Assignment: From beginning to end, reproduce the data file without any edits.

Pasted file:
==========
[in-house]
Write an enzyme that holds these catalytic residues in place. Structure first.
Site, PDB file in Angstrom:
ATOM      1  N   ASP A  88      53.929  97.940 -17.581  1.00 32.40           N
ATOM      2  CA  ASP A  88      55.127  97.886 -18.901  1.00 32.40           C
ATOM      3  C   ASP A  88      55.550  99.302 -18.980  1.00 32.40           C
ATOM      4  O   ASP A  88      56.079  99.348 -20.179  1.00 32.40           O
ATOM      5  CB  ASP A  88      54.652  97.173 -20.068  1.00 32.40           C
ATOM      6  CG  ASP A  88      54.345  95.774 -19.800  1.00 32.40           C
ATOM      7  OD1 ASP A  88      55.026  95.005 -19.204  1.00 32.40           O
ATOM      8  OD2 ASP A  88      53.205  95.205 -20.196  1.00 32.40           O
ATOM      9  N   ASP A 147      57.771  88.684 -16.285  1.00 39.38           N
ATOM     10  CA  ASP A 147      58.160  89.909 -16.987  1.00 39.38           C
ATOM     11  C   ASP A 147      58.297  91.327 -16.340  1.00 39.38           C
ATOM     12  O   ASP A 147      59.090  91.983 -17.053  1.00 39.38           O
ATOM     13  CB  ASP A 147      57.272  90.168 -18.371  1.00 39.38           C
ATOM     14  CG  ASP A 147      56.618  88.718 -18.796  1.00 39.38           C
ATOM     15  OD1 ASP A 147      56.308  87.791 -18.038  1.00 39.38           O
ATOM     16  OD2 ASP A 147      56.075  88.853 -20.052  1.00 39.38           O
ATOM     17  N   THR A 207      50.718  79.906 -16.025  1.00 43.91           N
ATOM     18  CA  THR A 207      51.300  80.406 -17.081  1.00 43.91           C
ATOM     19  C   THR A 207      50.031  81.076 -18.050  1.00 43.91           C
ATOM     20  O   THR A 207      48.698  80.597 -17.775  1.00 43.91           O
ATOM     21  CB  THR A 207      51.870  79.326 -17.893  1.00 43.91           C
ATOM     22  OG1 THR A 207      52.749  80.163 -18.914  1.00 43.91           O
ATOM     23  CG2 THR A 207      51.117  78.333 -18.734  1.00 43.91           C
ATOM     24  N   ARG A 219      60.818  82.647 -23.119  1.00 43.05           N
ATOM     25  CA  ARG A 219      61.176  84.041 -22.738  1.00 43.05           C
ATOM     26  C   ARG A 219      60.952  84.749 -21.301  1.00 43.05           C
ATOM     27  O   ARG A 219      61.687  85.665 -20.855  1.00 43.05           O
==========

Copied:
[in-house]
Write an enzyme that holds these catalytic residues in place. Structure first.
Site, PDB file in Angstrom:
ATOM      1  N   ASP A  88      53.929  97.940 -17.581  1.00 32.40           N
ATOM      2  CA  ASP A  88      55.127  97.886 -18.901  1.00 32.40           C
ATOM      3  C   ASP A  88      55.550  99.302 -18.980  1.00 32.40           C
ATOM      4  O   ASP A  88      56.079  99.348 -20.179  1.00 32.40           O
ATOM      5  CB  ASP A  88      54.652  97.173 -20.068  1.00 32.40           C
ATOM      6  CG  ASP A  88      54.345  95.774 -19.800  1.00 32.40           C
ATOM      7  OD1 ASP A  88      55.026  95.005 -19.204  1.00 32.40           O
ATOM      8  OD2 ASP A  88      53.205  95.205 -20.196  1.00 32.40           O
ATOM      9  N   ASP A 147      57.771  88.684 -16.285  1.00 39.38           N
ATOM     10  CA  ASP A 147      58.160  89.909 -16.987  1.00 39.38           C
ATOM     11  C   ASP A 147      58.297  91.327 -16.340  1.00 39.38           C
ATOM     12  O   ASP A 147      59.090  91.983 -17.053  1.00 39.38           O
ATOM     13  CB  ASP A 147      57.272  90.168 -18.371  1.00 39.38           C
ATOM     14  CG  ASP A 147      56.618  88.718 -18.796  1.00 39.38           C
ATOM     15  OD1 ASP A 147      56.308  87.791 -18.038  1.00 39.38           O
ATOM     16  OD2 ASP A 147      56.075  88.853 -20.052  1.00 39.38           O
ATOM     17  N   THR A 207      50.718  79.906 -16.025  1.00 43.91           N
ATOM     18  CA  THR A 207      51.300  80.406 -17.081  1.00 43.91           C
ATOM     19  C   THR A 207      50.031  81.076 -18.050  1.00 43.91           C
ATOM     20  O   THR A 207      48.698  80.597 -17.775  1.00 43.91           O
ATOM     21  CB  THR A 207      51.870  79.326 -17.893  1.00 43.91           C
ATOM     22  OG1 THR A 207      52.749  80.163 -18.914  1.00 43.91           O
ATOM     23  CG2 THR A 207      51.117  78.333 -18.734  1.00 43.91           C
ATOM     24  N   ARG A 219      60.818  82.647 -23.119  1.00 43.05           N
ATOM     25  CA  ARG A 219      61.176  84.041 -22.738  1.00 43.05           C
ATOM     26  C   ARG A 219      60.952  84.749 -21.301  1.00 43.05           C
ATOM     27  O   ARG A 219      61.687  85.665 -20.855  1.00 43.05           O